Names are good - they help us to understand who we are, the world we live in; names give context and reveal aspects of identity that we need to function. But, as Buechner points out, names can also be a cage that limits true understanding. A tree is more than a tree, but I rarely think of that because I have no need to - the name gives me the illusion of understanding.
I'm struggling with names right now, trying to find words that explain, reveal and identify who I am in context of the ongoing difficulty of life-after-all-the-evil. And the word I am finding most limiting and forbidding and frustrating and anxious is this: Wife. I'm still married to Cliff, so by all traditional definitions, I am his Wife. But traditions be damned, I am not WIFE in the way that most women are WIFE.
I don't live with my husband - but I am not the first to experience this complication. Many women are WIFE while separate from their husbands: a woman married to a deployed soldier is still WIFE; a woman married to a traveling businessman/woman is still WIFE. But those separations are willing, have honor in them, have willing sacrifice in them. This kind of separation is flavored with the grief that widows suffer, while at the same time being different from a loss that total. So I am not WIFE like they are Wife.
I am celibate - but I am not the first to experience this complication. Some women are WIFE while maintaing celibate lifestyles: because of extended separation brought on by work, because of medical complications which prohibit sexual enjoyment, because of religious conviction that forbids sexual contact. But those celibacies are not the same as mine, which is a consequence of the punishment that my husband was given by the state of Texas. So I am not WIFE like they are Wife.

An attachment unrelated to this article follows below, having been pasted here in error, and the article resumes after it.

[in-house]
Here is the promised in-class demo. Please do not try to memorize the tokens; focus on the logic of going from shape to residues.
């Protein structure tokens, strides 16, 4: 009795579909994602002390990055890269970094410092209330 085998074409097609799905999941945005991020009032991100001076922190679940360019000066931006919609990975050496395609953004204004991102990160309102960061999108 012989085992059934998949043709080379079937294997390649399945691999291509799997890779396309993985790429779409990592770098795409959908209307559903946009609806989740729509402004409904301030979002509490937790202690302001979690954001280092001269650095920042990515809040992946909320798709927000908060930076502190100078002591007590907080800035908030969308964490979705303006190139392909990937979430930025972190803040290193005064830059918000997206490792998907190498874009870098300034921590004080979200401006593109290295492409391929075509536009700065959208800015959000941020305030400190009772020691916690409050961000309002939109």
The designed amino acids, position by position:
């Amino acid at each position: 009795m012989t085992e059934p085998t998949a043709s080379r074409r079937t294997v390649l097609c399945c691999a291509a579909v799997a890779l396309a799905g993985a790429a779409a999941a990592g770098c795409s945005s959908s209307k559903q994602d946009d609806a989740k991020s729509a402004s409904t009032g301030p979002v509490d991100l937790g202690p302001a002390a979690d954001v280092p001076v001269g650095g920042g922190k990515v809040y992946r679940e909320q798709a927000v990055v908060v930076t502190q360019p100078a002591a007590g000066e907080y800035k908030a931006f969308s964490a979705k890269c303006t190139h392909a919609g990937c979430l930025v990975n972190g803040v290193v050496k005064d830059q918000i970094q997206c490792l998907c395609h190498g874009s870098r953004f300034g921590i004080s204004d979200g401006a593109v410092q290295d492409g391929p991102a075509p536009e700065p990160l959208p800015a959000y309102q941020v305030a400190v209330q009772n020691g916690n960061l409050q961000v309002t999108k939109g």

I wear a wedding ring and so when a stranger passes by and sees that identifying jewelry, I am immediately categorized as WIFE and that word is judged sufficient to describe me. But my ongoing inner turmoil is my fury that that word is NO LONGER sufficient to describe me. Yes, I am a WIFE, but I am not a WIFE in a way that I ever expected to be, that I ever WANTED to be. I no longer have the benefit of close, physical proximity. I no longer have the option to express sexual desire. I no longer can depend on the financial support of a partner. I raise our child alone, shouldering all of the responsibilities for our lives by myself. Even though I am a WIFE and that name implies an existence totally otherwise of what I truly live.
Now I understand the depth of a word and its shallowness at the same time, how one word can be completely right and entirely wrong at the same time. Now when I see a wedding ring on the hand of a stranger, I can no longer categorize them with simple words and make assumptions about identity and reality. I am more careful about naming now, even more deliberate and hesitant than when I struggled to name my son. Words matter so much (guilty, innocent, punishment, justice, freedom, love, grace, abandon, release, wife, husband, father, mother, family, marriage, affair....), and yet they only lightly touch the surface of what truly IS, of what EXISTS, of what is REAL.
And of course, it is ironic, that I describe this with words at all.